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    Springfield City Council approves $3.2 million for Union Station project, set to be covered by MGM Springfield payments

    December 16, 2014

    SPRINGFIELD – The City Council on Monday authorized spending $3.2 million toward the long-awaited, $75.6 million Union Station intermodal transportation project.

    The funding was approved by unanimous vote, occurring as construction crews continue demolishing the deteriorated baggage building adjacent to the long-vacant station, helping to provide space for bus bays and a new parking garage, as key components of the project. .

    The council vote authorized borrowing the $3.2 million, with that cost set to be covered by annual payments from MGM Springfield. MGM is building a $800 million casino project in the South End-downtown area, and is paying $500,000 a year for 15 years to the city, rather than rent space at Union Station, the two allowed options under MGM’s host community agreement.

    As announced last week, the city intends to accelerate the redevelopment of Union Station, doing a complete build-out, rather than spread the project over two phases.

    The funds from MGM and a new state MassWorks infrastructure grant of $4.2 million help accomplish that goal, officials said.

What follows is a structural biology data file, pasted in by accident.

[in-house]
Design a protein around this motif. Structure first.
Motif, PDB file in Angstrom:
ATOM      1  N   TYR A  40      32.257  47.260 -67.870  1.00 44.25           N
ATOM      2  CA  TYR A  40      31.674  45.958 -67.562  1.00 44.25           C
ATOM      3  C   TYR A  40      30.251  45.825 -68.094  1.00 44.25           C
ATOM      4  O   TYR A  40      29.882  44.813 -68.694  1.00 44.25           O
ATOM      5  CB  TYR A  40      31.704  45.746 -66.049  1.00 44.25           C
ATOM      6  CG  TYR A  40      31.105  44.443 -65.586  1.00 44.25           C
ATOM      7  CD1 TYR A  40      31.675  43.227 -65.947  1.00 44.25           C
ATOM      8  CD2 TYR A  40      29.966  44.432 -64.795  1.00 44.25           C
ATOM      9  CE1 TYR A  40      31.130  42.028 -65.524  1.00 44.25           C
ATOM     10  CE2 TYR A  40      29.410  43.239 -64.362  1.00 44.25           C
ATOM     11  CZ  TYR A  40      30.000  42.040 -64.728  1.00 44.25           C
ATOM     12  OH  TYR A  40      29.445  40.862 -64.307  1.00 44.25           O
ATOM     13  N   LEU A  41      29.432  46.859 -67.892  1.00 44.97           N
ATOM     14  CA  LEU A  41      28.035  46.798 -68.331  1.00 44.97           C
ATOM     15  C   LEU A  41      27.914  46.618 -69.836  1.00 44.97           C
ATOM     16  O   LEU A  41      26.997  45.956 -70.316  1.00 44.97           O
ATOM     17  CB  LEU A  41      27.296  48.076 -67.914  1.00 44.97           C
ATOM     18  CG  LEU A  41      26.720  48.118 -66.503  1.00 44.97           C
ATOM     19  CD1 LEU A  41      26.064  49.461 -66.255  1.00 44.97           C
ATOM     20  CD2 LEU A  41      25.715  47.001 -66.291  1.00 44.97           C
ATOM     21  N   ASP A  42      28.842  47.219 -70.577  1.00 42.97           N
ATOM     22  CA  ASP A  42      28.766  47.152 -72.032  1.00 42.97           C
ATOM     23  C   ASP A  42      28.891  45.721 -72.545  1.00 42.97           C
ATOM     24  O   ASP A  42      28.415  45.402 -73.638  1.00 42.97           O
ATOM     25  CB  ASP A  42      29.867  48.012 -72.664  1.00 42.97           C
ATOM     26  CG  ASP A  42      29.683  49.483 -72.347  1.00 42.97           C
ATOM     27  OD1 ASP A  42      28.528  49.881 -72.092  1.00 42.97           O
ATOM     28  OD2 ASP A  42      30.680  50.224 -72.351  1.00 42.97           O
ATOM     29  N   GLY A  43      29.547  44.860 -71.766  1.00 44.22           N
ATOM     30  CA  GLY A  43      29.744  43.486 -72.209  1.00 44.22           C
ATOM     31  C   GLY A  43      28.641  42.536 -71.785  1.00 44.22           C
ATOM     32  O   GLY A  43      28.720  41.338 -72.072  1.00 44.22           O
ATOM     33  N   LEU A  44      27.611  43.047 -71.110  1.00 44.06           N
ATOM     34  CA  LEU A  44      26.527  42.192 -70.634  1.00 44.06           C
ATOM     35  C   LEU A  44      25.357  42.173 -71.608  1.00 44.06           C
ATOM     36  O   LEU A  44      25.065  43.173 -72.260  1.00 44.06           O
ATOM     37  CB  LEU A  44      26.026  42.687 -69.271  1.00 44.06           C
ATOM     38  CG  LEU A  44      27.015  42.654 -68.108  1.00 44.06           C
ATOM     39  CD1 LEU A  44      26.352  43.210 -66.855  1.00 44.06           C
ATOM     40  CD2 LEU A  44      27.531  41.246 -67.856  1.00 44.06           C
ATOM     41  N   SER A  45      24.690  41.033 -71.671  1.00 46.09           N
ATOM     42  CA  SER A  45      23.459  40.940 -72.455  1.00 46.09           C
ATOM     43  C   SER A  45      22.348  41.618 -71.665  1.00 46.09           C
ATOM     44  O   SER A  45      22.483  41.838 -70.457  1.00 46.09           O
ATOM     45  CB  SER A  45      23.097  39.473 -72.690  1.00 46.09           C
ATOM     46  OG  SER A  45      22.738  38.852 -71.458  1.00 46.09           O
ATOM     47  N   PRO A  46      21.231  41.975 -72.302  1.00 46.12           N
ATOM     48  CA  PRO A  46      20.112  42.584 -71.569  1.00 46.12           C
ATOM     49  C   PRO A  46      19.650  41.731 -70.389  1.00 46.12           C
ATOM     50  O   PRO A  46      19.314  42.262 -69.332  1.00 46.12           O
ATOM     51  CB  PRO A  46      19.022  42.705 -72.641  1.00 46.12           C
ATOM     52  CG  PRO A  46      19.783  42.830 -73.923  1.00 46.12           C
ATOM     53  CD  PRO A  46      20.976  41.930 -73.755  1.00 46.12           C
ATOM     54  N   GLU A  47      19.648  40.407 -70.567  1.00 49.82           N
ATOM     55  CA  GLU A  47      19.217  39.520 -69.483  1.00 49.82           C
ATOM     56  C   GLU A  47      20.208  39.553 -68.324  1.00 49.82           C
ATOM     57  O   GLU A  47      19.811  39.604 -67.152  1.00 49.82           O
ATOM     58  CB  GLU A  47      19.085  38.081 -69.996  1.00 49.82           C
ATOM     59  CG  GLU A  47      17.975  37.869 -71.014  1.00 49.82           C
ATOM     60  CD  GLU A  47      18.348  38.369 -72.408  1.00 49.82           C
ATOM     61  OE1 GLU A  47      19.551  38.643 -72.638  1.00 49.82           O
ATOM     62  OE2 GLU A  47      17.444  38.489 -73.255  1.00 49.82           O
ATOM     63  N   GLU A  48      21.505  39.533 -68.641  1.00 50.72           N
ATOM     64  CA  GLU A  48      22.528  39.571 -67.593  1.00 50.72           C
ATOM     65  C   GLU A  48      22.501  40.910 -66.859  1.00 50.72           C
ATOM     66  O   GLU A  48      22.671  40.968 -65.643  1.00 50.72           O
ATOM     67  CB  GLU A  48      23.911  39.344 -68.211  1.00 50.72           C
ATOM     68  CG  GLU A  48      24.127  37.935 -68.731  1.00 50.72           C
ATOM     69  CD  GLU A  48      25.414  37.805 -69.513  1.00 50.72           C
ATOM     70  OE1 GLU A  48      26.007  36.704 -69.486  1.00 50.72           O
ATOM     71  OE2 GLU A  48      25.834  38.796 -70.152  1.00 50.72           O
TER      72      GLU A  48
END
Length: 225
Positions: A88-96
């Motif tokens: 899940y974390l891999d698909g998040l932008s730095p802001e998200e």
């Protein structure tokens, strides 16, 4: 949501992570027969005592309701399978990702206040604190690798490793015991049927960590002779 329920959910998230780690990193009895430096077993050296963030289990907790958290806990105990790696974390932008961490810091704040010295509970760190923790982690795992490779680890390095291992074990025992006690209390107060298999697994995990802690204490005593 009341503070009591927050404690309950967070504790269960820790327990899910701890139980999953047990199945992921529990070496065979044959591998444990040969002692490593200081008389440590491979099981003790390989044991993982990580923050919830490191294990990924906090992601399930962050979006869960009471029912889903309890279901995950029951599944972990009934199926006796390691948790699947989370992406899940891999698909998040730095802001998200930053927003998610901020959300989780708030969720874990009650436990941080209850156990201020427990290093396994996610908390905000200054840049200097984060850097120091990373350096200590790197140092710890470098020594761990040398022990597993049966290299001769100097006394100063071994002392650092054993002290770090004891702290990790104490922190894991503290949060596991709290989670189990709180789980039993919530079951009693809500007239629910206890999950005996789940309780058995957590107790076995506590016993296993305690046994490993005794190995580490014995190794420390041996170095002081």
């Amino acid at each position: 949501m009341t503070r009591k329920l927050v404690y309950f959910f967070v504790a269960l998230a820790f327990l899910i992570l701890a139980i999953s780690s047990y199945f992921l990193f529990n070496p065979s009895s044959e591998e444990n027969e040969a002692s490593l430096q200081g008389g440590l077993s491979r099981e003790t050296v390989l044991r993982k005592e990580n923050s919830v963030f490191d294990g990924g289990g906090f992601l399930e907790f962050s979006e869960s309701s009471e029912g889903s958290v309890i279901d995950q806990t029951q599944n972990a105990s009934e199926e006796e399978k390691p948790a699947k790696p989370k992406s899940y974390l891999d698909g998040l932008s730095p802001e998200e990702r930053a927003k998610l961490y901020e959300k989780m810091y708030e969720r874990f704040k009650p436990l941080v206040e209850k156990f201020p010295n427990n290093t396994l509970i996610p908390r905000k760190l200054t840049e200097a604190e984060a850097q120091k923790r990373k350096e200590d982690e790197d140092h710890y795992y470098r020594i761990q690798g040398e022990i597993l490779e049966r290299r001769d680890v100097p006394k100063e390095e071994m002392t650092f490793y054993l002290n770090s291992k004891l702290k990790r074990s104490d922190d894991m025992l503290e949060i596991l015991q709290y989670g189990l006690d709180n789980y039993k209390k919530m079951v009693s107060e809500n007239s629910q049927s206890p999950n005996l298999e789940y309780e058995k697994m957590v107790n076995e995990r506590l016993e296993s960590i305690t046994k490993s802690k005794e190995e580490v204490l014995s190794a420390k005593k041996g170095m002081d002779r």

With the complete build-out, the parking garage will have 377 parking spaces on four floors, reflecting an expansion of 122 spaces, officials said. In addition, the added funds will help move forward with customized office space on the upper floors of the station, to expedite leasing of that space, officials said.

    Kevin Kennedy, the city’s chief development officer, said last week that after decades of discussion, design and redesign, the city is committed to pushing forward on a “very difficult project” and will complete it.

    The project is scheduled for completion by the fall of 2016.

    City Councilor Kenneth Shea said the Union Station project will provide a vital link to other regions and cities, both north-south, and east-west, connecting Springfield to more economic opportunities.

    He said it was an “easy vote” to support funds for the project.

    Shea said he took part in a recent tour of rail stations in New Haven and Hartford, arranged by U.S. Rep. Richard E. Neal, D-Springfield, and said the tour stressed the need for adequate parking at rail stations.

    Councilor Bud Williams said the casino is a “good start,” but the redevelopment of Union Station is going to bring the “ripple effect” for further economic development opportunities, and hopes will be among actors spurring people to move to Springfield.

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